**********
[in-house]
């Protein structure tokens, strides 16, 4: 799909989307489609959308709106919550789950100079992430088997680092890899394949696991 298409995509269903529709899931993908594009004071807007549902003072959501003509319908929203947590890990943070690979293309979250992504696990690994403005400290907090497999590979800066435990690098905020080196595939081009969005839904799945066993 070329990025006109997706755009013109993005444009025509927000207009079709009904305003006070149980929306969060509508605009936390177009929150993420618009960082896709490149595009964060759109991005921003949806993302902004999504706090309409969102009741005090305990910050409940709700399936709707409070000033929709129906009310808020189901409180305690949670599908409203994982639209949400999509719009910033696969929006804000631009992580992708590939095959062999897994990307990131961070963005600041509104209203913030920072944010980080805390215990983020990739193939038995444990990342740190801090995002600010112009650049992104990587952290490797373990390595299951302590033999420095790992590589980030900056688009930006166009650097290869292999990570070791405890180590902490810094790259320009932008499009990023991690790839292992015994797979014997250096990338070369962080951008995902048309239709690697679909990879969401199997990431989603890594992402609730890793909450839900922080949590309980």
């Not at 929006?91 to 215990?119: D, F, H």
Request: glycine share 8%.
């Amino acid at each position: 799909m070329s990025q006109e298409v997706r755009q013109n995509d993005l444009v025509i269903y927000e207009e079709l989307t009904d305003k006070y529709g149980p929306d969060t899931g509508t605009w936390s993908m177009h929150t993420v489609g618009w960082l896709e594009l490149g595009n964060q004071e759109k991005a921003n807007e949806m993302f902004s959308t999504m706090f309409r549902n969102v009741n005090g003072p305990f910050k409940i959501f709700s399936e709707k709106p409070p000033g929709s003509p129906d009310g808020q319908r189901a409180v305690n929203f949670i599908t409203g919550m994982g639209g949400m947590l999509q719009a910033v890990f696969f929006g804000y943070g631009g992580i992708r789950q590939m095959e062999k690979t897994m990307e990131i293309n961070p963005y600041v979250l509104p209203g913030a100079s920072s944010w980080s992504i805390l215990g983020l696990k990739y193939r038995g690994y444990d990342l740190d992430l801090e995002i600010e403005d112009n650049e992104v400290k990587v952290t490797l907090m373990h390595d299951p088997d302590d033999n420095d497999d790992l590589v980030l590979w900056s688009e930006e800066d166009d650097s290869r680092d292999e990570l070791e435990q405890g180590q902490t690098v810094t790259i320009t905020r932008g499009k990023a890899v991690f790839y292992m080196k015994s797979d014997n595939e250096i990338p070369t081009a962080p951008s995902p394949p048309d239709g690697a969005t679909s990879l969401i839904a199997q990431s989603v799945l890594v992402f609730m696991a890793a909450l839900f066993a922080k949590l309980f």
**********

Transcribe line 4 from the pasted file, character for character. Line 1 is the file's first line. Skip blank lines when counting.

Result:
Request: glycine share 8%.